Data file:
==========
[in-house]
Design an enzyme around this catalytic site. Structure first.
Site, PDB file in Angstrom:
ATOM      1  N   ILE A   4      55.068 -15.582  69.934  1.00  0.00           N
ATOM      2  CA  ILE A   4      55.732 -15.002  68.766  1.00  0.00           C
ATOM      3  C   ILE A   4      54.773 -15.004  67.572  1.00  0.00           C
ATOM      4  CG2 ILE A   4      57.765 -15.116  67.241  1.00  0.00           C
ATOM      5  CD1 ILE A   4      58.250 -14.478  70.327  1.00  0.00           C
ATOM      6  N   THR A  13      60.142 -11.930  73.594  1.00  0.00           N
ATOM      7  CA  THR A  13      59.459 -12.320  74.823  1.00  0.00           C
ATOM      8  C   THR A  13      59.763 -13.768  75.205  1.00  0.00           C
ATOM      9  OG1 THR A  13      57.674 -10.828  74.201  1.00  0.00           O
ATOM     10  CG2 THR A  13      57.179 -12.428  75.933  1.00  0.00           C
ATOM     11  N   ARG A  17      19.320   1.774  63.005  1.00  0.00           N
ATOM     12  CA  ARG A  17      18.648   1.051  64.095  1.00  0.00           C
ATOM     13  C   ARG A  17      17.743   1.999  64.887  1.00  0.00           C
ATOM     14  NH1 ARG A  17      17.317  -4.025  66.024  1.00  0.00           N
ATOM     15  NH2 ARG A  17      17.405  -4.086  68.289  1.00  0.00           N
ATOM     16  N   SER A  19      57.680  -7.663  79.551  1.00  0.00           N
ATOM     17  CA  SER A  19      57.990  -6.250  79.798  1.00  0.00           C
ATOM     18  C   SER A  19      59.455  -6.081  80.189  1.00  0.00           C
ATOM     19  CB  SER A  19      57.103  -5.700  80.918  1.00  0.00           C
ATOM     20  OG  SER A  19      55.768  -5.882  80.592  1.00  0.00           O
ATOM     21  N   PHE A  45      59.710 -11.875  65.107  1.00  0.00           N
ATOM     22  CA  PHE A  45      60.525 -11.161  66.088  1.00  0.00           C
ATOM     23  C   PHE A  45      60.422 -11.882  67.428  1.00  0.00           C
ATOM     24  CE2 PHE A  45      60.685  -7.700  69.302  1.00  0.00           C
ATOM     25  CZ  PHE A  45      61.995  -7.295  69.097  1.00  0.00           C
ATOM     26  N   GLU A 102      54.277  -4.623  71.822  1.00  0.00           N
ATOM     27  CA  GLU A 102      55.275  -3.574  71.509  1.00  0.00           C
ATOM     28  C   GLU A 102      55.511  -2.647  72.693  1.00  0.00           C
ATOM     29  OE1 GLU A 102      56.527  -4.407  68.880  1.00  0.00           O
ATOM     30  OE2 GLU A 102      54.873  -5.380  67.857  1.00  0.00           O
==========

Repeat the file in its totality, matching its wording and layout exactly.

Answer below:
[in-house]
Design an enzyme around this catalytic site. Structure first.
Site, PDB file in Angstrom:
ATOM      1  N   ILE A   4      55.068 -15.582  69.934  1.00  0.00           N
ATOM      2  CA  ILE A   4      55.732 -15.002  68.766  1.00  0.00           C
ATOM      3  C   ILE A   4      54.773 -15.004  67.572  1.00  0.00           C
ATOM      4  CG2 ILE A   4      57.765 -15.116  67.241  1.00  0.00           C
ATOM      5  CD1 ILE A   4      58.250 -14.478  70.327  1.00  0.00           C
ATOM      6  N   THR A  13      60.142 -11.930  73.594  1.00  0.00           N
ATOM      7  CA  THR A  13      59.459 -12.320  74.823  1.00  0.00           C
ATOM      8  C   THR A  13      59.763 -13.768  75.205  1.00  0.00           C
ATOM      9  OG1 THR A  13      57.674 -10.828  74.201  1.00  0.00           O
ATOM     10  CG2 THR A  13      57.179 -12.428  75.933  1.00  0.00           C
ATOM     11  N   ARG A  17      19.320   1.774  63.005  1.00  0.00           N
ATOM     12  CA  ARG A  17      18.648   1.051  64.095  1.00  0.00           C
ATOM     13  C   ARG A  17      17.743   1.999  64.887  1.00  0.00           C
ATOM     14  NH1 ARG A  17      17.317  -4.025  66.024  1.00  0.00           N
ATOM     15  NH2 ARG A  17      17.405  -4.086  68.289  1.00  0.00           N
ATOM     16  N   SER A  19      57.680  -7.663  79.551  1.00  0.00           N
ATOM     17  CA  SER A  19      57.990  -6.250  79.798  1.00  0.00           C
ATOM     18  C   SER A  19      59.455  -6.081  80.189  1.00  0.00           C
ATOM     19  CB  SER A  19      57.103  -5.700  80.918  1.00  0.00           C
ATOM     20  OG  SER A  19      55.768  -5.882  80.592  1.00  0.00           O
ATOM     21  N   PHE A  45      59.710 -11.875  65.107  1.00  0.00           N
ATOM     22  CA  PHE A  45      60.525 -11.161  66.088  1.00  0.00           C
ATOM     23  C   PHE A  45      60.422 -11.882  67.428  1.00  0.00           C
ATOM     24  CE2 PHE A  45      60.685  -7.700  69.302  1.00  0.00           C
ATOM     25  CZ  PHE A  45      61.995  -7.295  69.097  1.00  0.00           C
ATOM     26  N   GLU A 102      54.277  -4.623  71.822  1.00  0.00           N
ATOM     27  CA  GLU A 102      55.275  -3.574  71.509  1.00  0.00           C
ATOM     28  C   GLU A 102      55.511  -2.647  72.693  1.00  0.00           C
ATOM     29  OE1 GLU A 102      56.527  -4.407  68.880  1.00  0.00           O
ATOM     30  OE2 GLU A 102      54.873  -5.380  67.857  1.00  0.00           O